We have recently initiated in CCL the use of eyeblink conditioning in human subjects. This is an example of so called classical or Pavlovian conditioning. A subject receives a neutral stimulus (e.g. a tone) followed after a few hundred milliseconds by a puff of air to the eye. The tone does not evoke any response but the air puff elicits a blink.  After a number of paired presentations of tone and air puff, the tone will elicit a blink that will reach its maximum close to the onset of the air puff. This response is adaptively timed, which means that if the interval between tone and air puff is increased, the delay of the conditioned blink will, after some additional training, be increased by a corresponding amount, so that the conditioned response will again coincide with the air puff where the protective effect is maximal.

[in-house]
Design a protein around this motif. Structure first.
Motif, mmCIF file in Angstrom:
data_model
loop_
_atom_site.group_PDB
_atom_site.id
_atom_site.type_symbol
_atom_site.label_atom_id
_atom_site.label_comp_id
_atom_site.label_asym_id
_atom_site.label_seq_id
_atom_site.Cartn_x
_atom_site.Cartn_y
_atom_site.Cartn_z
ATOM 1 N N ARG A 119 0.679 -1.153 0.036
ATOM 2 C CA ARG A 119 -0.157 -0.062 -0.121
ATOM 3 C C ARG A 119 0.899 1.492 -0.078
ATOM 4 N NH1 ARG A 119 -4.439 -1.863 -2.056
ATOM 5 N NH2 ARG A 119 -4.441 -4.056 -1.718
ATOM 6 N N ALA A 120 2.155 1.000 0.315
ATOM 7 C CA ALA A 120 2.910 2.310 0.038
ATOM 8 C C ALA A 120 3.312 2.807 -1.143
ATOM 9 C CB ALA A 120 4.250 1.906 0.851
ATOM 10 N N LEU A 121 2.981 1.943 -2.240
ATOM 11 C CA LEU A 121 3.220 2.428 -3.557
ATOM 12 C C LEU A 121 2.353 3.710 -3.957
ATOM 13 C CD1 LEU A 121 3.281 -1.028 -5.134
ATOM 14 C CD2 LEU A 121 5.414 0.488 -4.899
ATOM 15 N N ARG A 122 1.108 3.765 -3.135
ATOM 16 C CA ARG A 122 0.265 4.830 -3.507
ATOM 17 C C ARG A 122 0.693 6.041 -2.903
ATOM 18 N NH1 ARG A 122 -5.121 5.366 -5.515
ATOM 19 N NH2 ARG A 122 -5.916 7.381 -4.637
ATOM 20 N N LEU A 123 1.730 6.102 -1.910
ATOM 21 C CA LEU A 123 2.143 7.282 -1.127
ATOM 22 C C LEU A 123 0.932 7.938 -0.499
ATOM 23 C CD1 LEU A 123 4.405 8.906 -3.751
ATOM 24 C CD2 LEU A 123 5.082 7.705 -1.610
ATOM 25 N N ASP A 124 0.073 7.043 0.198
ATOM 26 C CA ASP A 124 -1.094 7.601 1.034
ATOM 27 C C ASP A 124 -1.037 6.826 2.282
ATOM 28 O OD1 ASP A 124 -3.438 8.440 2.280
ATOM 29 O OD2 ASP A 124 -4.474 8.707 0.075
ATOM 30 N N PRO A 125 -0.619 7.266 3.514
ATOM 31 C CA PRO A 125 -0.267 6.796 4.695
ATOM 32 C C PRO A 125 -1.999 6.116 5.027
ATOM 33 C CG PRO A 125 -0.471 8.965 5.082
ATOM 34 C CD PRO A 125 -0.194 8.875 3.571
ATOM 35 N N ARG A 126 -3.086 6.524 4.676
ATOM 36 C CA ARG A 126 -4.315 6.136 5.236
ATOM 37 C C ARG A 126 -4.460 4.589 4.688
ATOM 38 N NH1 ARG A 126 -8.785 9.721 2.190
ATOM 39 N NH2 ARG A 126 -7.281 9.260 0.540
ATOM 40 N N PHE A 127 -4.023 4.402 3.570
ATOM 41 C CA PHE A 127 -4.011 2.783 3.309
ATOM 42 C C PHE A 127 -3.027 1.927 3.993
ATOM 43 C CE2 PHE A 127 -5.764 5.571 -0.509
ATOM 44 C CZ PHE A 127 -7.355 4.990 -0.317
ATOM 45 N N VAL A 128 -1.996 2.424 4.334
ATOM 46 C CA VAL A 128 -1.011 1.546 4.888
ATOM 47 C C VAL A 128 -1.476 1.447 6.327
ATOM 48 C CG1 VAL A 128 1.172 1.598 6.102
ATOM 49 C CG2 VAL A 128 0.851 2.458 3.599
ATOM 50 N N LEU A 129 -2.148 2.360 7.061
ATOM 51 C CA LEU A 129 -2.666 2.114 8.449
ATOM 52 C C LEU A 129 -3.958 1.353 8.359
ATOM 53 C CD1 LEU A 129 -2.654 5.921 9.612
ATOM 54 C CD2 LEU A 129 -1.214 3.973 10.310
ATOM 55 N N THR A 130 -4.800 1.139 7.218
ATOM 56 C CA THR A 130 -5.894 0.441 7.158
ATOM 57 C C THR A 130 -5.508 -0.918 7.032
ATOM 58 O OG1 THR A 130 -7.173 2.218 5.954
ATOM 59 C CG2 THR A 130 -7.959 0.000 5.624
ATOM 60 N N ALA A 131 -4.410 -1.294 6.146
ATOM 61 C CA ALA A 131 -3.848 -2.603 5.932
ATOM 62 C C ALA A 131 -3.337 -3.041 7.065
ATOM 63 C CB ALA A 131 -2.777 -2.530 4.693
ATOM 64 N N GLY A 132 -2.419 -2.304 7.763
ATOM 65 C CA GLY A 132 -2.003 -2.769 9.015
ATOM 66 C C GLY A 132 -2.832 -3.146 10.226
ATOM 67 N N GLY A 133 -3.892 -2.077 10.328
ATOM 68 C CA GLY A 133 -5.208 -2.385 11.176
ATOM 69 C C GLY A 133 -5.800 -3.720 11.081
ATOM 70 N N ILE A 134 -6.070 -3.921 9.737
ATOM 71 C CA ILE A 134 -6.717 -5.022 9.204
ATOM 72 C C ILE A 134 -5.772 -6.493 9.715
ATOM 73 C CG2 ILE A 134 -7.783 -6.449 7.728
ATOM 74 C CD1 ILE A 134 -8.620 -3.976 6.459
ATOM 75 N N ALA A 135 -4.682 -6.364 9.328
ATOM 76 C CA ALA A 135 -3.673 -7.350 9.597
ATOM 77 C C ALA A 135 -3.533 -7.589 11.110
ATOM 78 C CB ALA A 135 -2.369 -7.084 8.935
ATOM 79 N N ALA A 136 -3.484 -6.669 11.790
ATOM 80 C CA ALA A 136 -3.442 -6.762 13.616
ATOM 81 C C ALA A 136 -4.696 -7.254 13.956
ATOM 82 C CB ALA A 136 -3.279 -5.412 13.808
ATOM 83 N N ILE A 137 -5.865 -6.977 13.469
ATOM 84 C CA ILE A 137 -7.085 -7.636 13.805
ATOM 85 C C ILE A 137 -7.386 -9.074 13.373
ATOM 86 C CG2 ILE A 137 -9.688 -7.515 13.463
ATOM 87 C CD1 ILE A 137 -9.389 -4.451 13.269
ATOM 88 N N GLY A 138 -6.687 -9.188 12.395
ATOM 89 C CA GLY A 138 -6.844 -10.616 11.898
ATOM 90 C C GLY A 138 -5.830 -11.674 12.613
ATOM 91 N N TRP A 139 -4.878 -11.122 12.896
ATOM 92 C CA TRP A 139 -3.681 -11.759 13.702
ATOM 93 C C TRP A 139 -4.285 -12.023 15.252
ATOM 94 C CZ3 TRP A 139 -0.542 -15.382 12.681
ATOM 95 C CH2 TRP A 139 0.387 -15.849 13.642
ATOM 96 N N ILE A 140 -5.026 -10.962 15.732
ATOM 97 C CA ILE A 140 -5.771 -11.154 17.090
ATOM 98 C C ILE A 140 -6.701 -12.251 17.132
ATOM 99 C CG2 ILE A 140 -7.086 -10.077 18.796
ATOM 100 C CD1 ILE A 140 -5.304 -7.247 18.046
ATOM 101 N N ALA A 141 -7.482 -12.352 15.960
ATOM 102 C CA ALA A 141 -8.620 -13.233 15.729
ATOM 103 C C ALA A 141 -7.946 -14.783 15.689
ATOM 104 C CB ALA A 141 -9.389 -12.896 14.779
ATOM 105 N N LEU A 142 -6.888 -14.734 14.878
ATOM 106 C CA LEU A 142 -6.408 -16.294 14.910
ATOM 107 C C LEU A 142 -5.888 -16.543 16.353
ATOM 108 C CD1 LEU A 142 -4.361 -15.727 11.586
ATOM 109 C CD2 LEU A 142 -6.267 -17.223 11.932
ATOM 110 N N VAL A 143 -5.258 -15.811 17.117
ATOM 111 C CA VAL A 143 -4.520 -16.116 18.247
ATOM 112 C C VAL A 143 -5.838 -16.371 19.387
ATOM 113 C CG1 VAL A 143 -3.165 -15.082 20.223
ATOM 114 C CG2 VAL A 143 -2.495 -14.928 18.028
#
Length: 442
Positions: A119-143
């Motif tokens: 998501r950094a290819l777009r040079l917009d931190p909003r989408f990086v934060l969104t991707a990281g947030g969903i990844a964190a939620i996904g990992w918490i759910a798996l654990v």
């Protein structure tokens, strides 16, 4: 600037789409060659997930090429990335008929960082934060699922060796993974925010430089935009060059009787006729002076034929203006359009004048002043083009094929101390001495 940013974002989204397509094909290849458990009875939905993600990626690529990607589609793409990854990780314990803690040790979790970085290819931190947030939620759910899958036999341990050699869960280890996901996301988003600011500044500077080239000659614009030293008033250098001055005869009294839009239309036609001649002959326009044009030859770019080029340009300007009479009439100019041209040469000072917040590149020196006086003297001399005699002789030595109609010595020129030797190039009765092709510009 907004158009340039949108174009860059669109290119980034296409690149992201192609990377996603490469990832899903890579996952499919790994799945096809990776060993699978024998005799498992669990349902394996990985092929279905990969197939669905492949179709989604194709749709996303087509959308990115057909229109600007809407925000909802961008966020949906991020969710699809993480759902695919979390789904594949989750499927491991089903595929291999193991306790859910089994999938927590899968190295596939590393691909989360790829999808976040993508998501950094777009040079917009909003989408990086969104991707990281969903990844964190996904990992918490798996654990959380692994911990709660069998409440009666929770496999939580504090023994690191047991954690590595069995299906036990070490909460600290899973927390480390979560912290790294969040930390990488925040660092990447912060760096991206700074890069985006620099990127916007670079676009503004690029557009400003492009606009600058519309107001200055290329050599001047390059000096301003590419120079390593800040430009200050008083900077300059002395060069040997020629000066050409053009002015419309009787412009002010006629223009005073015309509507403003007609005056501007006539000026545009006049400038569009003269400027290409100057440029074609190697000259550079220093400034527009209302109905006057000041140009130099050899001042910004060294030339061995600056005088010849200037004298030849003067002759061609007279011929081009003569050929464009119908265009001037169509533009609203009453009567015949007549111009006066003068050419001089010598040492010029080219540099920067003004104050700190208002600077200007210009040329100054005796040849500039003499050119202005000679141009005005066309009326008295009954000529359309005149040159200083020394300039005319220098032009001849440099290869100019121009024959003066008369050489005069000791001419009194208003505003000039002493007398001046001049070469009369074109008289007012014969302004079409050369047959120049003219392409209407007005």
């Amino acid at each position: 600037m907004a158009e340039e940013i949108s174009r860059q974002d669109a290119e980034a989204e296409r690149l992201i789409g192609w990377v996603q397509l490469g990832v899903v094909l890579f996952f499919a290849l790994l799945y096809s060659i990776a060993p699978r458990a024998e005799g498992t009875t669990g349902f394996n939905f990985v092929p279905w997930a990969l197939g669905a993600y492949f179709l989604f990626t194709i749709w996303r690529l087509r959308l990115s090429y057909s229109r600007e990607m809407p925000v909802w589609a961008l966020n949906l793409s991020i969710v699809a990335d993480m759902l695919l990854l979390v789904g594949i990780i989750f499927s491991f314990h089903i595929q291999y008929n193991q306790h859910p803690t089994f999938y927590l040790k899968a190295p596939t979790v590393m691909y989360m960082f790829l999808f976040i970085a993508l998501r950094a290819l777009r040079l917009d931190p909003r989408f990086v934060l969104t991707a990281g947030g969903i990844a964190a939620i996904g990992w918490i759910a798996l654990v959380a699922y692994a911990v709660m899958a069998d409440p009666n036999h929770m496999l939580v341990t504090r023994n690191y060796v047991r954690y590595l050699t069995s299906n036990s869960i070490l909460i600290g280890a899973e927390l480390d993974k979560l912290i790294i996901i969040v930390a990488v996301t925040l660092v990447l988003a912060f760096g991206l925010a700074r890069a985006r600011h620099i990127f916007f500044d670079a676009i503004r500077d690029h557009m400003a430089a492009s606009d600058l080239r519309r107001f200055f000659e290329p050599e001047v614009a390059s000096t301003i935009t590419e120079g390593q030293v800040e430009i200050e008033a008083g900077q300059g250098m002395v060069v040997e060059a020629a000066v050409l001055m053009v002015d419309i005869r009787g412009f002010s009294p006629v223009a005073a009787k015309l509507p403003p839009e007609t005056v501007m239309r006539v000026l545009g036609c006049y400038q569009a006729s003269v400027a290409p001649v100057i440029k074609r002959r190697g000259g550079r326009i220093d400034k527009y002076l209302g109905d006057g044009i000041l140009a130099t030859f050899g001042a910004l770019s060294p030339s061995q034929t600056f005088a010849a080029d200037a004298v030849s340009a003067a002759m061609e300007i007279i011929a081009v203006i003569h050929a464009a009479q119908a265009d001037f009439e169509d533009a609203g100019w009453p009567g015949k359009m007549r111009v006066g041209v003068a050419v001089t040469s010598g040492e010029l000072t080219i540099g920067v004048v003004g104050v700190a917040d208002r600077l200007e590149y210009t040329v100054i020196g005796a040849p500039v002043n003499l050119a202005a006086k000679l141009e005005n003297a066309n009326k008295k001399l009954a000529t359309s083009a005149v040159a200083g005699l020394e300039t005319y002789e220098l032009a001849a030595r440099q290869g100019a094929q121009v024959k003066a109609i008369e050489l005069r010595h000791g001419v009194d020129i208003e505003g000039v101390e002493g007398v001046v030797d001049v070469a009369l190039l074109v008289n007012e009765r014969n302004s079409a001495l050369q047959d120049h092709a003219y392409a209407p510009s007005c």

The experimental setup was developed in collaboration with a research group in Rotterdam’s Erasmus University. The subject wears a bicycle helmet that contains equipment for delivering stimuli and recording blinks. The blink is monitored by fastening a very small magnet on the eyelid and measuring changes in the magnetic field caused by eyelid movements. Sound stimuli are delivered through earphones and a thin flexible tube delivers the air puff. A film can be shown in miniature screens just in front of the eyes.